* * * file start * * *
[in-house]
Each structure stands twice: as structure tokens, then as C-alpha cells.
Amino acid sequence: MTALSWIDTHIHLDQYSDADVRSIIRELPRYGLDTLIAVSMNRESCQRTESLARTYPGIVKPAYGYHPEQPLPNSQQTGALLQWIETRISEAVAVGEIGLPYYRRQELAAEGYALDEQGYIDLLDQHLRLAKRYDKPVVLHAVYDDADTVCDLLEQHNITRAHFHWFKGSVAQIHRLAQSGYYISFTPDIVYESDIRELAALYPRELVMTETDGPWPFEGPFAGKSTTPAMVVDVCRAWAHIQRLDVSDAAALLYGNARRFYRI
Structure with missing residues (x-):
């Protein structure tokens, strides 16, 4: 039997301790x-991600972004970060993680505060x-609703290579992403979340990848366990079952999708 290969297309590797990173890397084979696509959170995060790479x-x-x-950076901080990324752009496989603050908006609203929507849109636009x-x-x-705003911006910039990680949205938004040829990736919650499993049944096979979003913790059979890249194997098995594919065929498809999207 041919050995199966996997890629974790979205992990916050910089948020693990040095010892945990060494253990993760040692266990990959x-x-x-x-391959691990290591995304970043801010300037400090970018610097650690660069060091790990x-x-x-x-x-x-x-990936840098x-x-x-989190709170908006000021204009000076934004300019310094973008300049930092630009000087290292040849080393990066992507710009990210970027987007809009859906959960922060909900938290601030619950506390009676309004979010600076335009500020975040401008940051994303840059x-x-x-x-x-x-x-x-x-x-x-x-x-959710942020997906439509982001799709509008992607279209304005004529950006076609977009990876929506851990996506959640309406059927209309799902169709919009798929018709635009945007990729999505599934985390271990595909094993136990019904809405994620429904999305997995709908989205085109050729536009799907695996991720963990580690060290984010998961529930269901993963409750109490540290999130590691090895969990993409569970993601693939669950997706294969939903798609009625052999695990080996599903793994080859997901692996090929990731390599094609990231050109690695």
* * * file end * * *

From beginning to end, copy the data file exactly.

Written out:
[in-house]
Each structure stands twice: as structure tokens, then as C-alpha cells.
Amino acid sequence: MTALSWIDTHIHLDQYSDADVRSIIRELPRYGLDTLIAVSMNRESCQRTESLARTYPGIVKPAYGYHPEQPLPNSQQTGALLQWIETRISEAVAVGEIGLPYYRRQELAAEGYALDEQGYIDLLDQHLRLAKRYDKPVVLHAVYDDADTVCDLLEQHNITRAHFHWFKGSVAQIHRLAQSGYYISFTPDIVYESDIRELAALYPRELVMTETDGPWPFEGPFAGKSTTPAMVVDVCRAWAHIQRLDVSDAAALLYGNARRFYRI
Structure with missing residues (x-):
């Protein structure tokens, strides 16, 4: 039997301790x-991600972004970060993680505060x-609703290579992403979340990848366990079952999708 290969297309590797990173890397084979696509959170995060790479x-x-x-950076901080990324752009496989603050908006609203929507849109636009x-x-x-705003911006910039990680949205938004040829990736919650499993049944096979979003913790059979890249194997098995594919065929498809999207 041919050995199966996997890629974790979205992990916050910089948020693990040095010892945990060494253990993760040692266990990959x-x-x-x-391959691990290591995304970043801010300037400090970018610097650690660069060091790990x-x-x-x-x-x-x-990936840098x-x-x-989190709170908006000021204009000076934004300019310094973008300049930092630009000087290292040849080393990066992507710009990210970027987007809009859906959960922060909900938290601030619950506390009676309004979010600076335009500020975040401008940051994303840059x-x-x-x-x-x-x-x-x-x-x-x-x-959710942020997906439509982001799709509008992607279209304005004529950006076609977009990876929506851990996506959640309406059927209309799902169709919009798929018709635009945007990729999505599934985390271990595909094993136990019904809405994620429904999305997995709908989205085109050729536009799907695996991720963990580690060290984010998961529930269901993963409750109490540290999130590691090895969990993409569970993601693939669950997706294969939903798609009625052999695990080996599903793994080859997901692996090929990731390599094609990231050109690695």